Abu Dhabi is teaming up with a global electronics company to develop better coatings for solar panels to make them cheaper and easier to keep clean in desert conditions. The Middle East and North Africa (MENA) region stands to benefit from concentrated solar power (CSP) — a technology that uses lenses or mirrors to focus large amounts of sunlight onto a small area. This light is converted to heat, which generates electricity. In 2009, a joint study by the International Energy Agency's SolarPACES group, the European Solar Thermal Electricity Association and Greenpeace International concluded that CSP could generate up to a quarter of the world's energy needs by 2050. But harsh desert conditions in parts of the MENA region generate large amounts of airborne dust which collects on the solar panels used in CSP systems, reducing their efficiency. They need regular cleaning, which consumes large amounts of water. Bodo Becker, operations manager at Flagsol, which developed Egypt's first solar-thermal plant, Kuraymat, said this is a serious issue at his facility. "If we leave dust to accumulate for just one month, the output of the solar panels decreases by about 35 per cent," he said, adding that the facility uses nearly 40,000 litres of water every day.

Abu Dhabi bets on anti-dust solar panels
March 6, 2012 10:10 AM - Rehab Abd Almohsen

Abu Dhabi is teaming up with a global electronics company to develop better coatings for solar panels to make them cheaper and easier to keep clean in desert conditions. The Middle East and North Africa (MENA) region stands to benefit from concentrated solar power (CSP) — a technology that uses lenses or mirrors to focus large amounts of sunlight onto a small area. This light is converted to heat, which generates electricity. In 2009, a joint study by the International Energy Agency's SolarPACES group, the European Solar Thermal Electricity Association and Greenpeace International concluded that CSP could generate up to a quarter of the world's energy needs by 2050. But harsh desert conditions in parts of the MENA region generate large amounts of airborne dust which collects on the solar panels used in CSP systems, reducing their efficiency. They need regular cleaning, which consumes large amounts of water. Bodo Becker, operations manager at Flagsol, which developed Egypt's first solar-thermal plant, Kuraymat, said this is a serious issue at his facility. "If we leave dust to accumulate for just one month, the output of the solar panels decreases by about 35 per cent," he said, adding that the facility uses nearly 40,000 litres of water every day.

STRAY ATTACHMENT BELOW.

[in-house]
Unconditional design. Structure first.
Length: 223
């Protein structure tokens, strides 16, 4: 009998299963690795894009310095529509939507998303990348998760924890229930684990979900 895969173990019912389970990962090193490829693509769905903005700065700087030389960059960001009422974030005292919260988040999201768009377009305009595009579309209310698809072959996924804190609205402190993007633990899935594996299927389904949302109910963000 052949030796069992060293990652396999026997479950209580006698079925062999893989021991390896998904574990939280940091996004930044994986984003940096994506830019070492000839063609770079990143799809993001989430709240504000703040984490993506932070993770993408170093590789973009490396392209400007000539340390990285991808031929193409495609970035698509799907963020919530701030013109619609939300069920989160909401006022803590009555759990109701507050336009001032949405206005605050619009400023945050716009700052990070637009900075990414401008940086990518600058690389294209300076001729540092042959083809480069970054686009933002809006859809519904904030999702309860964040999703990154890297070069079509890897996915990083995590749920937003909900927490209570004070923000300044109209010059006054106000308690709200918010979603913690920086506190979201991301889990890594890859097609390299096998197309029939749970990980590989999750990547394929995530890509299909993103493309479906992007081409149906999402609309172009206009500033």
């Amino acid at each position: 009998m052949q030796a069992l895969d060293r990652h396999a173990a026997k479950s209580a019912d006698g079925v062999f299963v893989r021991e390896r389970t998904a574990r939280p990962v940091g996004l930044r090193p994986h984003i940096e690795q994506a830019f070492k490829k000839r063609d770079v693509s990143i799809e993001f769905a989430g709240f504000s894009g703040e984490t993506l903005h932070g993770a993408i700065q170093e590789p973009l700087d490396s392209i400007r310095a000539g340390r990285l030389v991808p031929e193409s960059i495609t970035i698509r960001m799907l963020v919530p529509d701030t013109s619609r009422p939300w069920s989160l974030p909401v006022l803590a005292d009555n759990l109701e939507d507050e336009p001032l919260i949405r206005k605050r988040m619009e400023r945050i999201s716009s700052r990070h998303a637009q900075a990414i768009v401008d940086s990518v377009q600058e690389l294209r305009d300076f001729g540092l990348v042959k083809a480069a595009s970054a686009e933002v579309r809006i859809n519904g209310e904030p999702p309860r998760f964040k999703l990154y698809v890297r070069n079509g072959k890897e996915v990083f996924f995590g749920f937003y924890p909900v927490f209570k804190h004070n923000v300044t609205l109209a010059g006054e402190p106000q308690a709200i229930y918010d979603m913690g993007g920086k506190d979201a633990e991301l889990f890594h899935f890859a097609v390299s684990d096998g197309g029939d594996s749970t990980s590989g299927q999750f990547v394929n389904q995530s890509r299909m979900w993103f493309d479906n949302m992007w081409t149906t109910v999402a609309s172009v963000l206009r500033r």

Abu Dhabi bets on anti-dust solar panels
March 6, 2012 10:10 AM - Rehab Abd Almohsen

Abu Dhabi is teaming up with a global electronics company to develop better coatings for solar panels to make them cheaper and easier to keep clean in desert conditions. The Middle East and North Africa (MENA) region stands to benefit from concentrated solar power (CSP) — a technology that uses lenses or mirrors to focus large amounts of sunlight onto a small area. This light is converted to heat, which generates electricity. In 2009, a joint study by the International Energy Agency's SolarPACES group, the European Solar Thermal Electricity Association and Greenpeace International concluded that CSP could generate up to a quarter of the world's energy needs by 2050. But harsh desert conditions in parts of the MENA region generate large amounts of airborne dust which collects on the solar panels used in CSP systems, reducing their efficiency. They need regular cleaning, which consumes large amounts of water. Bodo Becker, operations manager at Flagsol, which developed Egypt's first solar-thermal plant, Kuraymat, said this is a serious issue at his facility. "If we leave dust to accumulate for just one month, the output of the solar panels decreases by about 35 per cent," he said, adding that the facility uses nearly 40,000 litres of water every day.

Abu Dhabi bets on anti-dust solar panels
March 6, 2012 10:10 AM - Rehab Abd Almohsen

Abu Dhabi is teaming up with a global electronics company to develop better coatings for solar panels to make them cheaper and easier to keep clean in desert conditions. The Middle East and North Africa (MENA) region stands to benefit from concentrated solar power (CSP) — a technology that uses lenses or mirrors to focus large amounts of sunlight onto a small area. This light is converted to heat, which generates electricity. In 2009, a joint study by the International Energy Agency's SolarPACES group, the European Solar Thermal Electricity Association and Greenpeace International concluded that CSP could generate up to a quarter of the world's energy needs by 2050. But harsh desert conditions in parts of the MENA region generate large amounts of airborne dust which collects on the solar panels used in CSP systems, reducing their efficiency. They need regular cleaning, which consumes large amounts of water. Bodo Becker, operations manager at Flagsol, which developed Egypt's first solar-thermal plant, Kuraymat, said this is a serious issue at his facility. "If we leave dust to accumulate for just one month, the output of the solar panels decreases by about 35 per cent," he said, adding that the facility uses nearly 40,000 litres of water every day.